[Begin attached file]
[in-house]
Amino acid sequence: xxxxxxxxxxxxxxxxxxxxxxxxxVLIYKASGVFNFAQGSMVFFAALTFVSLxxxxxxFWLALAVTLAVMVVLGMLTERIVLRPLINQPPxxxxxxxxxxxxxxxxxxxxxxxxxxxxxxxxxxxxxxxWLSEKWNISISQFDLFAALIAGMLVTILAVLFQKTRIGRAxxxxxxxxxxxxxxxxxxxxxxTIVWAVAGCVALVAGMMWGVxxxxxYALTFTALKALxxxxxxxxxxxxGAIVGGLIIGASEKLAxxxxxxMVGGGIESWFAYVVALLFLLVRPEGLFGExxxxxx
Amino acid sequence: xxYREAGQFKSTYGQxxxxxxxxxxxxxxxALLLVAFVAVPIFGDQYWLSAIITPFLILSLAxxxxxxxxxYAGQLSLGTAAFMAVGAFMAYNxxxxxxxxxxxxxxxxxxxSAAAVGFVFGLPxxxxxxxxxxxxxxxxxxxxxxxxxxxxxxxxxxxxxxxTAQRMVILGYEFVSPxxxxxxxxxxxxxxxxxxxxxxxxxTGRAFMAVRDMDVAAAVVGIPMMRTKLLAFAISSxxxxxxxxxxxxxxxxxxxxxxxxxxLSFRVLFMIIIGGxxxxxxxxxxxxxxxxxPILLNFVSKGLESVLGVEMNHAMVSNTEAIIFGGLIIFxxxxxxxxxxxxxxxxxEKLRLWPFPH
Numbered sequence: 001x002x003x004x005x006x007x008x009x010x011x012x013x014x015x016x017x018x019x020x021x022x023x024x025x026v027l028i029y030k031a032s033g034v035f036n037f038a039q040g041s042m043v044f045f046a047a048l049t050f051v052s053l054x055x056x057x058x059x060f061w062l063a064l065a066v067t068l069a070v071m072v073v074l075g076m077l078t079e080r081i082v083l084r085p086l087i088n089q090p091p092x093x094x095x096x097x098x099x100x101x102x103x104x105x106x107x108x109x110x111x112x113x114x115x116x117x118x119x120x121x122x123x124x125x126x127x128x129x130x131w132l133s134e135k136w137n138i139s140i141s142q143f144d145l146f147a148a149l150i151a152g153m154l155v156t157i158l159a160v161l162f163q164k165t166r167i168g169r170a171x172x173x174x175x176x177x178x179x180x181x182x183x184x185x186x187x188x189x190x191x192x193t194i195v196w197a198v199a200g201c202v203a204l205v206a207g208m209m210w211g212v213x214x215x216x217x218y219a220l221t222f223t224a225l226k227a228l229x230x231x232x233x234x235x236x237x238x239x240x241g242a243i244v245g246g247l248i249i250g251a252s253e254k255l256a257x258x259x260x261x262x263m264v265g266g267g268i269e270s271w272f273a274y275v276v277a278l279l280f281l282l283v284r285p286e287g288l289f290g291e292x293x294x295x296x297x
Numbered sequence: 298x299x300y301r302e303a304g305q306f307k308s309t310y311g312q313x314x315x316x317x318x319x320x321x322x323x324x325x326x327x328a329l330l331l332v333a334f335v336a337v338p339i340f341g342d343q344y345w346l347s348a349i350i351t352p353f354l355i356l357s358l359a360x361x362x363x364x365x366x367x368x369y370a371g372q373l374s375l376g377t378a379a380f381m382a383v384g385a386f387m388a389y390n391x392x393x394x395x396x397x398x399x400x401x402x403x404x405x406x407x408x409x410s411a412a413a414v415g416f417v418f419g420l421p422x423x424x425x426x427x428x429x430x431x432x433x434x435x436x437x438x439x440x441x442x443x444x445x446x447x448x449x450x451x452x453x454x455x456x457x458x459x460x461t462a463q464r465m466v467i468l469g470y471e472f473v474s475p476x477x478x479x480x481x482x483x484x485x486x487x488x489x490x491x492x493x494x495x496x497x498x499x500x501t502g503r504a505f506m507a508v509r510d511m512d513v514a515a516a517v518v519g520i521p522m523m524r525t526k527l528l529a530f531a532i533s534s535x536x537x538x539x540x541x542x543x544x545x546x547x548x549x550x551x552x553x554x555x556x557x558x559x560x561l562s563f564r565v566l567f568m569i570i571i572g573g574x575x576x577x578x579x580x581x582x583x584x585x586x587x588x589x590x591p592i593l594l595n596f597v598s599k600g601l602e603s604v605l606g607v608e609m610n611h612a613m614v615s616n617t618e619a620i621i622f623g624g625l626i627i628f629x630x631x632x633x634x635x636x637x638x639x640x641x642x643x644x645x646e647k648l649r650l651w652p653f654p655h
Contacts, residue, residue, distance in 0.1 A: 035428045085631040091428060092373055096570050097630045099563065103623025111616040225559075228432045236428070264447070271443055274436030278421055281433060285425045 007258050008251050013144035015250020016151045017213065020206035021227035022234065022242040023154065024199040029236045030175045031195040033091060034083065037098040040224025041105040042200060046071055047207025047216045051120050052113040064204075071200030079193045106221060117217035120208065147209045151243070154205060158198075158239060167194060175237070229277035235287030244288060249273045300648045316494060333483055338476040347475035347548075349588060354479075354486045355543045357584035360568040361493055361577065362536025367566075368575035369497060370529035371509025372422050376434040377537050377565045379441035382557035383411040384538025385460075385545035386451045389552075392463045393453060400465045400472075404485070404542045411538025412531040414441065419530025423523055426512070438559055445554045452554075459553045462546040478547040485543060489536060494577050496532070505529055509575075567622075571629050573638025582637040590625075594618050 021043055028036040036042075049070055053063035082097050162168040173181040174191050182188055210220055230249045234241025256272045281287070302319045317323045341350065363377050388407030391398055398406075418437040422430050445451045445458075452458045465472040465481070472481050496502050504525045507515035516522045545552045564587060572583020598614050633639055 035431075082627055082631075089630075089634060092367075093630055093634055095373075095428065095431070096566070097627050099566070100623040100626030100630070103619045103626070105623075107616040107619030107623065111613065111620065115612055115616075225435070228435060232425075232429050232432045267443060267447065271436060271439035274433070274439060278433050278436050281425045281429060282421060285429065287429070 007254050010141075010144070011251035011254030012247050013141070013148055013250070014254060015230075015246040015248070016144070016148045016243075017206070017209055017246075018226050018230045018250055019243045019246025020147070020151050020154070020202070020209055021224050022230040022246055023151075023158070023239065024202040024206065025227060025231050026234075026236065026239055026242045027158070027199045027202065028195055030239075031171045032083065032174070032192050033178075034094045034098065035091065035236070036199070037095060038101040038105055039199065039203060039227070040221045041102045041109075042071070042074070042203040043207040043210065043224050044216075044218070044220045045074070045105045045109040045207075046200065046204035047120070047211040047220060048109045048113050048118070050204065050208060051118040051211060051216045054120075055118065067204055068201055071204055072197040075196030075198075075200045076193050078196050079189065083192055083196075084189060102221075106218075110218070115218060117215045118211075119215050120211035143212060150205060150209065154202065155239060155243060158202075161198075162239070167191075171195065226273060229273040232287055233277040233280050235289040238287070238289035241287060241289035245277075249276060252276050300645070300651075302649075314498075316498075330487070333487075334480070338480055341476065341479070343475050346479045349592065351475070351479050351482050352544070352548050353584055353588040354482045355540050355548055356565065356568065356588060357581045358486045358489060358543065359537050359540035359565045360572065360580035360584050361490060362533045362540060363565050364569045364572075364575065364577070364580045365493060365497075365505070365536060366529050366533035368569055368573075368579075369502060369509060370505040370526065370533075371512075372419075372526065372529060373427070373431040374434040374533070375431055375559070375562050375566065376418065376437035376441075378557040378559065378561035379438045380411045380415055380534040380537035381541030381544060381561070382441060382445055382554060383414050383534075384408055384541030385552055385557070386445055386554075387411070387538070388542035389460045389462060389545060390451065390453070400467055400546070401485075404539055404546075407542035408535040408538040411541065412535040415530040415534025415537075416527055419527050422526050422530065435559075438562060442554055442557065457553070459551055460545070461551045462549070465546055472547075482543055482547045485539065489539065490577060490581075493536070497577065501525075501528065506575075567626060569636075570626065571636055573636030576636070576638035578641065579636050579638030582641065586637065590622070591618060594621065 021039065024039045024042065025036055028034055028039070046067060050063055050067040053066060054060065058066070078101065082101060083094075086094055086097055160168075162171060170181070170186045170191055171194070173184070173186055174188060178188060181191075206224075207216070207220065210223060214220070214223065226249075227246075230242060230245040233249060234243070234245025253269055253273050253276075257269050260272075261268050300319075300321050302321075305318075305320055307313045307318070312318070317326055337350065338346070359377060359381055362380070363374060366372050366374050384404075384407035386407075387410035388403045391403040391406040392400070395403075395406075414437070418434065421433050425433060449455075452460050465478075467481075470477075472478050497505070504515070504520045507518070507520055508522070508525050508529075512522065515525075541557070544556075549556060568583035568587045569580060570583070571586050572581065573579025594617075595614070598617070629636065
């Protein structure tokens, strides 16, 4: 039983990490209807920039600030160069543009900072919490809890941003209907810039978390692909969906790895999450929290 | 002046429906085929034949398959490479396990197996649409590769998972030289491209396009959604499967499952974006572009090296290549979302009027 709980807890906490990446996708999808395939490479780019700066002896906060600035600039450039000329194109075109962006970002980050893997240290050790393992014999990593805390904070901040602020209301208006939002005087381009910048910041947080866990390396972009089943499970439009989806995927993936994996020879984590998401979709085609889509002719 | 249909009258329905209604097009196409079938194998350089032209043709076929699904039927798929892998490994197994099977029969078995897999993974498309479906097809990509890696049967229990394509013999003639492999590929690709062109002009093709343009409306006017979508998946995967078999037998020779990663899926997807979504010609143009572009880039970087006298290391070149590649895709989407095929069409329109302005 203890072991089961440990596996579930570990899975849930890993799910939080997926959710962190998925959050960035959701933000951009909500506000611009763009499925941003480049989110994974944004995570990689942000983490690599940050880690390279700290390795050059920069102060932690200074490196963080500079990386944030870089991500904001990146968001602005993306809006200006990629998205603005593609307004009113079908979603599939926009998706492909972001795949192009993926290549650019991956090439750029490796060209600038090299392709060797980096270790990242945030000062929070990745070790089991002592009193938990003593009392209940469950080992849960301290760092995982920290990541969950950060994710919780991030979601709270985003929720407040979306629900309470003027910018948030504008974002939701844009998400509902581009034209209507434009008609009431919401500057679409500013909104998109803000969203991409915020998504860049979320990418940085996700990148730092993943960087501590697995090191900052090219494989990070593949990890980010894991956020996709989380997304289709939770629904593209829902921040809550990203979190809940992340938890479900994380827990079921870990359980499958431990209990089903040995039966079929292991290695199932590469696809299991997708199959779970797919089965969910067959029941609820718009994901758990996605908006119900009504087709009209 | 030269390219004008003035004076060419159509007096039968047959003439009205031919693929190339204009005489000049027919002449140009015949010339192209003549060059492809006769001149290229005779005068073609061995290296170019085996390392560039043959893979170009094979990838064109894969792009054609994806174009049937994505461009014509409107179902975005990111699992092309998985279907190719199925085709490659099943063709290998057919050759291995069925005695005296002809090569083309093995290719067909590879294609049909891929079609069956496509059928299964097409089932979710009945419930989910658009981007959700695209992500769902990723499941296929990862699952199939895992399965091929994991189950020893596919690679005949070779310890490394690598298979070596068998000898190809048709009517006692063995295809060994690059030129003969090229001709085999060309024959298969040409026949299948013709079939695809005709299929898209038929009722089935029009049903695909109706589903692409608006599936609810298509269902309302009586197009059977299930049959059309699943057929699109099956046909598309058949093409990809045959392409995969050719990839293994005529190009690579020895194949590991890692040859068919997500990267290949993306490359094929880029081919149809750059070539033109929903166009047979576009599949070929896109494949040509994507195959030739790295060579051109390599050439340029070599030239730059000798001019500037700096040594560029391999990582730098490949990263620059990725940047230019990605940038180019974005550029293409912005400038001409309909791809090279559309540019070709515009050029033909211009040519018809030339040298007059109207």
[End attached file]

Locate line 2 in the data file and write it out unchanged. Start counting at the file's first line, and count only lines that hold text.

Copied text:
Amino acid sequence: xxxxxxxxxxxxxxxxxxxxxxxxxVLIYKASGVFNFAQGSMVFFAALTFVSLxxxxxxFWLALAVTLAVMVVLGMLTERIVLRPLINQPPxxxxxxxxxxxxxxxxxxxxxxxxxxxxxxxxxxxxxxxWLSEKWNISISQFDLFAALIAGMLVTILAVLFQKTRIGRAxxxxxxxxxxxxxxxxxxxxxxTIVWAVAGCVALVAGMMWGVxxxxxYALTFTALKALxxxxxxxxxxxxGAIVGGLIIGASEKLAxxxxxxMVGGGIESWFAYVVALLFLLVRPEGLFGExxxxxx